MIT Massachusetts Institute of Technology

What’s in an Eye? The Eye’s Components and the Diseases that Affect Them

Ishara Mills-Henry
Program Director
Science of the Eye: Bringing Vision into the Classroom
Department of Biology
MIT
Cambridge, MA


Lesson vetted and approved by CPALMS

 

 

The major purpose of this lesson is to promote the learning of eye function by associating eye problems and diseases to parts of the eye that are affected. Included in this module are discussions and activities that teach about eye components and their functions. The main activity is dissecting a cow eye, which in many high schools is part of the anatomy curriculum. This lesson extends the curriculum by discussing eye diseases that students might be familiar with. An added fun part of the lesson is discussion of what various animals see. The most difficult item to obtain for this lesson is the cow eye. Cow eyes from companies cost between $2 – 4 per eye. Some slaughterhouses/butchers will give you cow eyes for free, or charge a minimal fee. If you use cow eyes from these sources, you should store the eyes in a refrigerated area. Other supplies include: scalpel or razor blade, scissors (optional), dissecting pan or cutting board and wax paper, trash bags. This lesson will not fit into a 50-minute period if students are dissecting. If there is no dissection, 50 minutes should be enough time.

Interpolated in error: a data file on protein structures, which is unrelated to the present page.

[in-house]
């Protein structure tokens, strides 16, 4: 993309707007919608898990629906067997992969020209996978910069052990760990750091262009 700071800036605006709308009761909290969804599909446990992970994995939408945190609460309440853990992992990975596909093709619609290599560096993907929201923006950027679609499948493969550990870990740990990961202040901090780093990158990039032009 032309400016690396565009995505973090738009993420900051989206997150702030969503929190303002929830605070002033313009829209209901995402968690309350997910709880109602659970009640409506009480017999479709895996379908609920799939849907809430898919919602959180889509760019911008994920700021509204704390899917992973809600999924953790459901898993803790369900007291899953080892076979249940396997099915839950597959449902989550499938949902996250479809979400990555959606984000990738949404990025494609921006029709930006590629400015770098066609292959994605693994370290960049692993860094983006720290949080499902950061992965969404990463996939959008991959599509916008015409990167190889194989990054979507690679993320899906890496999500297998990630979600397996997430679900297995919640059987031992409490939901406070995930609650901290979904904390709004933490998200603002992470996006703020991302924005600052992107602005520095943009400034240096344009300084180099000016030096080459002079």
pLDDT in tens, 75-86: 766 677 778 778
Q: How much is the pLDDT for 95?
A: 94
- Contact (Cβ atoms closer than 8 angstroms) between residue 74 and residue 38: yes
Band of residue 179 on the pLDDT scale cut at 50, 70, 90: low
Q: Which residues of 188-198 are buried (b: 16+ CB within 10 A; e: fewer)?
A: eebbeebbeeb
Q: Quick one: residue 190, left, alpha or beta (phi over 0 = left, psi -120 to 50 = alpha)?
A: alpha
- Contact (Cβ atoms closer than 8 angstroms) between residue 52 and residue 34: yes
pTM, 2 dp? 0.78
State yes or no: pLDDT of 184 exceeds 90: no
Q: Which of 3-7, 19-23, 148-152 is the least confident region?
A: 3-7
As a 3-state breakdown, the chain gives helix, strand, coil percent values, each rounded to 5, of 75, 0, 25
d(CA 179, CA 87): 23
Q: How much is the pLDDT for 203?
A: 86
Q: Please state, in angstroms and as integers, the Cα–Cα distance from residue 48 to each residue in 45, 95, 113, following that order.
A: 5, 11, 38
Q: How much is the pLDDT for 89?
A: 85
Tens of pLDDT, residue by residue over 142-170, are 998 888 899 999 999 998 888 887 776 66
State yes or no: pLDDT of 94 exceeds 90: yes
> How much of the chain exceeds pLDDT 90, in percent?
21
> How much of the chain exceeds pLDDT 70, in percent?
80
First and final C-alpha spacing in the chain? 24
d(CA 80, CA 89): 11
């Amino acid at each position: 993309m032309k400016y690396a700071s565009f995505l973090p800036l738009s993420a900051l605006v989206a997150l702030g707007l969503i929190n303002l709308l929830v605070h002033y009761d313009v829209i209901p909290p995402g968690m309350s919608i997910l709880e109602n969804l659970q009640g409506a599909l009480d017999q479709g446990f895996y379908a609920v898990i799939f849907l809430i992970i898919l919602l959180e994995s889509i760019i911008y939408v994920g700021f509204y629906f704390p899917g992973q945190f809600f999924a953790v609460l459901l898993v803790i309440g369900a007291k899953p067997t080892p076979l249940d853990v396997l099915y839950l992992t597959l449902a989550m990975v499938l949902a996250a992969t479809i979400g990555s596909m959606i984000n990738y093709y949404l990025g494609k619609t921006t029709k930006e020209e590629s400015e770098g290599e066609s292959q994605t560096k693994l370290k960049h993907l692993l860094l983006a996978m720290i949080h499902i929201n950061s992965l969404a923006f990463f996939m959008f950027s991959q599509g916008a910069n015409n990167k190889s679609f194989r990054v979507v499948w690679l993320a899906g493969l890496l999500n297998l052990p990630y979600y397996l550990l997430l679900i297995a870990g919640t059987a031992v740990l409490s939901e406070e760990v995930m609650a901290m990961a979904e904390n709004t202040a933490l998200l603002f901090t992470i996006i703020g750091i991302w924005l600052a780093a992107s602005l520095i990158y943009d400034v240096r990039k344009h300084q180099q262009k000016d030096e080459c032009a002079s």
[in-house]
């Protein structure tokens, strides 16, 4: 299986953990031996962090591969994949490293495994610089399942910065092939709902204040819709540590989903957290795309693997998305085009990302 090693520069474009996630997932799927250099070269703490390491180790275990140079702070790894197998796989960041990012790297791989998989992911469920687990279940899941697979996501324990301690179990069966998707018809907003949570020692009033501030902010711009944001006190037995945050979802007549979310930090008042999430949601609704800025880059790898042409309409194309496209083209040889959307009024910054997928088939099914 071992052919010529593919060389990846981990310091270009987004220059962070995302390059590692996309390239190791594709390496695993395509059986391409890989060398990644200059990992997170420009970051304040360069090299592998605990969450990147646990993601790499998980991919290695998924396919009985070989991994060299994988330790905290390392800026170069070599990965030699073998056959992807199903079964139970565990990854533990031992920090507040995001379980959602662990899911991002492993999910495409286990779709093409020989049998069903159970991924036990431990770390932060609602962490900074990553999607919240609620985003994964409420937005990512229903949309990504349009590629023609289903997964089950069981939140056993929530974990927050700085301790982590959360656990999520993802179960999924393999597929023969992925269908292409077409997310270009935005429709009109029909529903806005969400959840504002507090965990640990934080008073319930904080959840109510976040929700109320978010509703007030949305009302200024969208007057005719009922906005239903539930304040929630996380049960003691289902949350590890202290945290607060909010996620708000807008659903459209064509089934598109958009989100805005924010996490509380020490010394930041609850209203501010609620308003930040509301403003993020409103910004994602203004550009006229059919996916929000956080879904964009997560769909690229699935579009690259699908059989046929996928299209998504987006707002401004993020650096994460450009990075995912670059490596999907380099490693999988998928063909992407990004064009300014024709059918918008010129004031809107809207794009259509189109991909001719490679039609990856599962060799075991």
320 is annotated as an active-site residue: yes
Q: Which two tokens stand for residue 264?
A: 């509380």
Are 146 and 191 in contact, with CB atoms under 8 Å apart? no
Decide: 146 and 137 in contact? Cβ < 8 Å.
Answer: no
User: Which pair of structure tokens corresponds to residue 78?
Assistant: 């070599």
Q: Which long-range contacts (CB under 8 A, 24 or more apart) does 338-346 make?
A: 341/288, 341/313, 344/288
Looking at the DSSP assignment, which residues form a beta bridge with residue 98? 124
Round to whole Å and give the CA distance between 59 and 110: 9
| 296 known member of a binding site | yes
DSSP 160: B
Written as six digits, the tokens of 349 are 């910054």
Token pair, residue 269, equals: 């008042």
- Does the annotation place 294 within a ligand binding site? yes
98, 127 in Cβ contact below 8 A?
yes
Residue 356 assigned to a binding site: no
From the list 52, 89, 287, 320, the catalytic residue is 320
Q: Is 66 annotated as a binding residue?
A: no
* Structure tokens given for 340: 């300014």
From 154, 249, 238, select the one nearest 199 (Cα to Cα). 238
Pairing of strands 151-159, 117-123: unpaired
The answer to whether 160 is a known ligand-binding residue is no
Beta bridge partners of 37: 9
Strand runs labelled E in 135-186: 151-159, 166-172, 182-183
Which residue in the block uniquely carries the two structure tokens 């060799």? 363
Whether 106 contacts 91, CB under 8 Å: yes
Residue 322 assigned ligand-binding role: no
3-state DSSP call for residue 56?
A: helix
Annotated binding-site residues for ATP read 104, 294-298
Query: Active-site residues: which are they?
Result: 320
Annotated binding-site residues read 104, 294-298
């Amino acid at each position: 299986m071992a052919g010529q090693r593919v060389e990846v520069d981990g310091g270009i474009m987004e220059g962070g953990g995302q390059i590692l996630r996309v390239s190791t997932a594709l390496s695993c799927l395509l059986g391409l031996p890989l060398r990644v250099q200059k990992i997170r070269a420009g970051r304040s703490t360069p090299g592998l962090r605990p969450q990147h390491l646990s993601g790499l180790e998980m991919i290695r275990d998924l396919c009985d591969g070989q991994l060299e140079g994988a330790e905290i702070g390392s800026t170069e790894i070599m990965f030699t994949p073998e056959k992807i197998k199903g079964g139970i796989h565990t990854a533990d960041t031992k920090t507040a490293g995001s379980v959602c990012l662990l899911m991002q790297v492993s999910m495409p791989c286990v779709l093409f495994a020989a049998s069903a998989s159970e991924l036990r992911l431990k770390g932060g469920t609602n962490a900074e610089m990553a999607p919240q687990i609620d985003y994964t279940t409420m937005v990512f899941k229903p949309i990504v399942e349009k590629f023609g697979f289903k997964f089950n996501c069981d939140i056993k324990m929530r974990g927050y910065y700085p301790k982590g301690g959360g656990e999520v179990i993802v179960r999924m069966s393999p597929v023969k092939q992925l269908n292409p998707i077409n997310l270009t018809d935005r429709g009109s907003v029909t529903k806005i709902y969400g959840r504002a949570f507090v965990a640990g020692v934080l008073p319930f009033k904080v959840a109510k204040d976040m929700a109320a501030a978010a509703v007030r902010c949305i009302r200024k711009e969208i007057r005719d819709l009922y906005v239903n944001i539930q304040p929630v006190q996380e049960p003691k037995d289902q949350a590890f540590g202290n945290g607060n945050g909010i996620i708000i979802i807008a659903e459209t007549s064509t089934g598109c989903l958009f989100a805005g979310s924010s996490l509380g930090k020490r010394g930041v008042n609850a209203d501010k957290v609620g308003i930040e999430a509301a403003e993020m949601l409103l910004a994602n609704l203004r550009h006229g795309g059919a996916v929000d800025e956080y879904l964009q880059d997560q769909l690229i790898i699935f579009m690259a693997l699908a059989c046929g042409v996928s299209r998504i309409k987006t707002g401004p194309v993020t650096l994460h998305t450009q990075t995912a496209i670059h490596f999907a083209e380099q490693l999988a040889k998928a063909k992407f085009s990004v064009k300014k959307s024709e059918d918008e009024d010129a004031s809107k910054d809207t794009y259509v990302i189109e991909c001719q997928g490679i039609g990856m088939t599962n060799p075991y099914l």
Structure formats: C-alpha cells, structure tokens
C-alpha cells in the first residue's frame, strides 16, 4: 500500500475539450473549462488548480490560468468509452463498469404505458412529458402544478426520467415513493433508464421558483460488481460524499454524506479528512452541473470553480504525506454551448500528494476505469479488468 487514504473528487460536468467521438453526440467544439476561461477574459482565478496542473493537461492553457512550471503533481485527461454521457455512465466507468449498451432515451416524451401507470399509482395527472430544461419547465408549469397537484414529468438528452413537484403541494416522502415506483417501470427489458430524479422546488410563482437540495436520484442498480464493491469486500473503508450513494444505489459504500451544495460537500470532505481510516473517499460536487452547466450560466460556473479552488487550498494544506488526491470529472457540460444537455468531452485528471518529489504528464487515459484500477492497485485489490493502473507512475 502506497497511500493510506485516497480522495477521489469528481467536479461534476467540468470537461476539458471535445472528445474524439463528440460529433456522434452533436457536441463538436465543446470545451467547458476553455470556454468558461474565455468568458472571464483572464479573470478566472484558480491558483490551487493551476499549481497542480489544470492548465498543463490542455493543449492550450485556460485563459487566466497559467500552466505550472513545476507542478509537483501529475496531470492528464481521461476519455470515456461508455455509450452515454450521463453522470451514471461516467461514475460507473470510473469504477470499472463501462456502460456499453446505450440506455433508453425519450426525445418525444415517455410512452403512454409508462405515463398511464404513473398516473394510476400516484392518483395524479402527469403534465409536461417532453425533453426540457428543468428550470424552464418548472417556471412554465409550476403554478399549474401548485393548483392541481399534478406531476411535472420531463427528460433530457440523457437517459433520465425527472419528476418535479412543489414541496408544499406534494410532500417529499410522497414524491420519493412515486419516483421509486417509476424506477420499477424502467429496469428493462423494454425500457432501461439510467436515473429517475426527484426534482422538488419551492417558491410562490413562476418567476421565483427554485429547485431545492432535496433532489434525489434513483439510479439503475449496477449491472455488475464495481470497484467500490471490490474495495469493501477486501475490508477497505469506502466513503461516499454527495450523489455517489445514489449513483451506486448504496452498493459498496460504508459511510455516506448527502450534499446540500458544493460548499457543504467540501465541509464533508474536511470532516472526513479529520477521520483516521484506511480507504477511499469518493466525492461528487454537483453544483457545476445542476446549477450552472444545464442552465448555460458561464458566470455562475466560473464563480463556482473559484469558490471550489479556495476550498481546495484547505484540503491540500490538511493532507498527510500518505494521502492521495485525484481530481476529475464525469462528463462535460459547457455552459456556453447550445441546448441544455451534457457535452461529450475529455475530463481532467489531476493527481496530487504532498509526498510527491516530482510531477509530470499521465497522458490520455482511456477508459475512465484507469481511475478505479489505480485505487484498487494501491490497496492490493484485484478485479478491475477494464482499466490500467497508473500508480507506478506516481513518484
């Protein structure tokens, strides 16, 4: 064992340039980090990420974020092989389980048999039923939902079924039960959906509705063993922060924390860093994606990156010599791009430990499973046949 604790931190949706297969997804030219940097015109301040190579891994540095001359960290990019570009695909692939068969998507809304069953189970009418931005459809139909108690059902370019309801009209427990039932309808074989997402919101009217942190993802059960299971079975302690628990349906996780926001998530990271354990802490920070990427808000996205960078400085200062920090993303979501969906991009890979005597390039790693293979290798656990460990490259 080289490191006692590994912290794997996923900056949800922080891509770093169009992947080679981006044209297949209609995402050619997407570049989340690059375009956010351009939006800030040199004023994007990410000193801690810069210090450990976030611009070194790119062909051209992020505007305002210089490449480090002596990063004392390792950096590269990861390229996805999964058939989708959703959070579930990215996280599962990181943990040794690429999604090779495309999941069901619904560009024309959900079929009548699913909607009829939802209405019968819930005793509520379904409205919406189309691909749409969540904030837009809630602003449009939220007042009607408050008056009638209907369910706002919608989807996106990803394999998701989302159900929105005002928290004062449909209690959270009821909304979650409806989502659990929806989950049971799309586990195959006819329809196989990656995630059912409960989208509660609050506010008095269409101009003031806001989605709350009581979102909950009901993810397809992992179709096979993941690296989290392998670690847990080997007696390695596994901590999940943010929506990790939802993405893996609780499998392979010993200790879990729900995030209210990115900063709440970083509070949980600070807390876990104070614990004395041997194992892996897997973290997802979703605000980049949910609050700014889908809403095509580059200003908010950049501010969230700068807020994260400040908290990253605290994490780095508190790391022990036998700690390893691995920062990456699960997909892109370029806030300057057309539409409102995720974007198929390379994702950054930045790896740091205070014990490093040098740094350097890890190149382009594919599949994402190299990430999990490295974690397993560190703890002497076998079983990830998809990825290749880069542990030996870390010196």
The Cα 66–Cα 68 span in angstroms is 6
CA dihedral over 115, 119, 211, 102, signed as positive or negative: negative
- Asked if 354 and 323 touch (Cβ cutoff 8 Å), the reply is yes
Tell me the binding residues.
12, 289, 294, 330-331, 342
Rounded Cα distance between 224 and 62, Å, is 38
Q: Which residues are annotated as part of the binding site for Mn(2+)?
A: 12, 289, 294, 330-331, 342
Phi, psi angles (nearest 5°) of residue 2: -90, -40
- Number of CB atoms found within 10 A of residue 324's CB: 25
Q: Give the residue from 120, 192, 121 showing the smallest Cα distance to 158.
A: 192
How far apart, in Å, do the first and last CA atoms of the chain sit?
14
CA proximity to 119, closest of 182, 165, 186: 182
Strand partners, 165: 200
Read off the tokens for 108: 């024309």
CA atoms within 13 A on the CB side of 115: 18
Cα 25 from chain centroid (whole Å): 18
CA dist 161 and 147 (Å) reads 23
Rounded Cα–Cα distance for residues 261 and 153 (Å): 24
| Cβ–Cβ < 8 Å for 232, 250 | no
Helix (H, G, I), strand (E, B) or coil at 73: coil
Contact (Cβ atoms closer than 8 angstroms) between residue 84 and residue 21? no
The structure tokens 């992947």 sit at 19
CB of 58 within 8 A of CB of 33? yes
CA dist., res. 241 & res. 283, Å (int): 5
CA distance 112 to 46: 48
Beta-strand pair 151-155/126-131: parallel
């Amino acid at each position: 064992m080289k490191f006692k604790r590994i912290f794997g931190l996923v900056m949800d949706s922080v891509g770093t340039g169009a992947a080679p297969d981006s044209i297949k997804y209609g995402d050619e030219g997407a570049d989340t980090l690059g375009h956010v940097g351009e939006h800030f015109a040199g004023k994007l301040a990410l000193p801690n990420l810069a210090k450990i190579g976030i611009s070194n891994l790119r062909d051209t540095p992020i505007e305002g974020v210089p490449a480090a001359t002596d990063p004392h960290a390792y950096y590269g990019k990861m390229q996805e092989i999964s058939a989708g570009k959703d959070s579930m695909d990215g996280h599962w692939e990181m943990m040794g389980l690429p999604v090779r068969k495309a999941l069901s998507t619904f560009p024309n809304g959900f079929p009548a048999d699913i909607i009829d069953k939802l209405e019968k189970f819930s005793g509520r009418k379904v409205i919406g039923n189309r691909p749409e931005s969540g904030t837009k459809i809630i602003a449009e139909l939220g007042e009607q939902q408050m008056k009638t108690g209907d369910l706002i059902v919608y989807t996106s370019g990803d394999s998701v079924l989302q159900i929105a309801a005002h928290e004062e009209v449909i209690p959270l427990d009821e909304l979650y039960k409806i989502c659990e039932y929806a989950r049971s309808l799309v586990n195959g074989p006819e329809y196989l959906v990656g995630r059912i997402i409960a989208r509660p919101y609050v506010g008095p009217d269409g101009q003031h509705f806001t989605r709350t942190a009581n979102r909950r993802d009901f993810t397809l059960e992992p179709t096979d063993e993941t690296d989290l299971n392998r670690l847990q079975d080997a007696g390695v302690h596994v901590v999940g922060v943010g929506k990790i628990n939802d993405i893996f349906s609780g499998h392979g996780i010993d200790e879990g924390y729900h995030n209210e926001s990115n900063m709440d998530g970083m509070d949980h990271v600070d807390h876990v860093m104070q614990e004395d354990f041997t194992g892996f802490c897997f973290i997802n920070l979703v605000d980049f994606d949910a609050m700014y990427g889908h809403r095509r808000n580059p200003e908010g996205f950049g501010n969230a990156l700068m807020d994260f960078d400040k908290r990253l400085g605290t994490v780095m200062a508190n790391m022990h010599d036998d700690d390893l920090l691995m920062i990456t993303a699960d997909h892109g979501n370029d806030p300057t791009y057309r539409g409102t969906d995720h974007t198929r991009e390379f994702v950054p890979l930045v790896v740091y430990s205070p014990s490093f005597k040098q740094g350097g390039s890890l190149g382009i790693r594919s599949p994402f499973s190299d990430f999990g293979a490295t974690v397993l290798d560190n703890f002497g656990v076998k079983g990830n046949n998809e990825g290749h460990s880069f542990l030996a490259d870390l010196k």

When she made this video lesson, Ishara Mills-Henry was Director of MIT’s Program, Science of the Eye: Bringing Vision into the Classroom. Currently, she is an Assistant Professor-Dual Appointment Biology and Chemistry & Food Science at Framingham State University in Framingham, Massachusetts. 

This page, sponsored by the Exploratorium: The Museum of Science, Art and Perception, shows people how an eye works through the dissection of a cow’s eye.
http://www.exploratorium.edu/learning_studio/cow_eye/step01.html

This site, Neuroscience for Kids, has been created for all students and teachers who would like to learn about the nervous system.
http://faculty.washington.edu/chudler/bigeye.html

This is the site of the National Eye Institute of the Institute of Health
http://www.nei.nih.gov

This website – the Anatomy, Physiology and Pathology of the Human Eye – provides a comprehensive overview of subjects discussed in this video lesson.
http://www.tedmontgomery.com/the_eye/index.html

This site provides an applet that is a simplified model of the eye in which the front of the eye is a single converging lens.
http://webphysics.davidson.edu/physlet_resources/dav_optics/examples/eye_demo.html

This page, sponsored by Live Science, presents an overview of the human eye and some interesting facts about the eye.
http://www.livescience.com/3919-human-eye-works.html

This short TED video provides a fascinating explanation of how the human eye evolved.
http://www.realclearscience.com/video/2015/01/09/the_evolution_of_the_hu...

 

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This Lesson is in the following clusters: Health, Human Anatomy